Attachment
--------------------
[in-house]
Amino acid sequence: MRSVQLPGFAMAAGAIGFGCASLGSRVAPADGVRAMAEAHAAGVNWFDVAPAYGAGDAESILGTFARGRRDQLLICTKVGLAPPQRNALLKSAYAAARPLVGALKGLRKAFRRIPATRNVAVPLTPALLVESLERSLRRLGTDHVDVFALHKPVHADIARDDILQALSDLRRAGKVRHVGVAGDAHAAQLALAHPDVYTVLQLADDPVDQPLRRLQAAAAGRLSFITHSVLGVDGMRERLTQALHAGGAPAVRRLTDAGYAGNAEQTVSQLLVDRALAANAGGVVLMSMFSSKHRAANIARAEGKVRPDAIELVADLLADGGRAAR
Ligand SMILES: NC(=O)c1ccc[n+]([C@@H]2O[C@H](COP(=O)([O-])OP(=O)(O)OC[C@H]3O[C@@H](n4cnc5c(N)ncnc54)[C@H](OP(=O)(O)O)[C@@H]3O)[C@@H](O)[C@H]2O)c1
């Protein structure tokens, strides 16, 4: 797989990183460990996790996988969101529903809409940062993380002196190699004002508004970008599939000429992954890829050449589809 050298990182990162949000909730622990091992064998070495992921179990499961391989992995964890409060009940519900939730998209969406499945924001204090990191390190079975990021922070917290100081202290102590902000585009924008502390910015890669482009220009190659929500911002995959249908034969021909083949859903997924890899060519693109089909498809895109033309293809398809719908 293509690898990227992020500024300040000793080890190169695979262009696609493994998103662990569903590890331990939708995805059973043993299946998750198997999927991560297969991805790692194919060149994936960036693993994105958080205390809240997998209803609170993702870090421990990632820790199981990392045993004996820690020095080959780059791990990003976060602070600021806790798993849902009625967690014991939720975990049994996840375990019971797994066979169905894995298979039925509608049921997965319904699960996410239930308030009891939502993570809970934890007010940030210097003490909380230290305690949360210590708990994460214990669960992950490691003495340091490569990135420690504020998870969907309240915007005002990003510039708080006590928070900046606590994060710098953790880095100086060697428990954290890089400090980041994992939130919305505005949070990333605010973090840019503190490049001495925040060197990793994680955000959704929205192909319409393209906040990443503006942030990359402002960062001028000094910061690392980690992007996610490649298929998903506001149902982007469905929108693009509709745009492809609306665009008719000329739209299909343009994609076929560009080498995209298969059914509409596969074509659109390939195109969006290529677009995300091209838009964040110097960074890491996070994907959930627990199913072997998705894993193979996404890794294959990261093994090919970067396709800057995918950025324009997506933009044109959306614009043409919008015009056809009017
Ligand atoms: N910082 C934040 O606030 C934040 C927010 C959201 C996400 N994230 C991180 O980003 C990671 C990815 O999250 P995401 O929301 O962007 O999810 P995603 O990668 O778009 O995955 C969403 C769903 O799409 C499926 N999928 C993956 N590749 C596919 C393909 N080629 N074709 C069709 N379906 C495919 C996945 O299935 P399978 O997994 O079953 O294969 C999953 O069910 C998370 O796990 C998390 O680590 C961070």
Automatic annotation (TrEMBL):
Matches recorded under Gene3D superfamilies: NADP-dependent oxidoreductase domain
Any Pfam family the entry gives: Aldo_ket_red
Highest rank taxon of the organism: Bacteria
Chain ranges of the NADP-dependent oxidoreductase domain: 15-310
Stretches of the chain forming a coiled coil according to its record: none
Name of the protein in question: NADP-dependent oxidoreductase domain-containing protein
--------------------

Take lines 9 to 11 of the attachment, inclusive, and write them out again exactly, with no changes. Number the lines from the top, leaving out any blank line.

Highest rank taxon of the organism: Bacteria
Chain ranges of the NADP-dependent oxidoreductase domain: 15-310
Stretches of the chain forming a coiled coil according to its record: none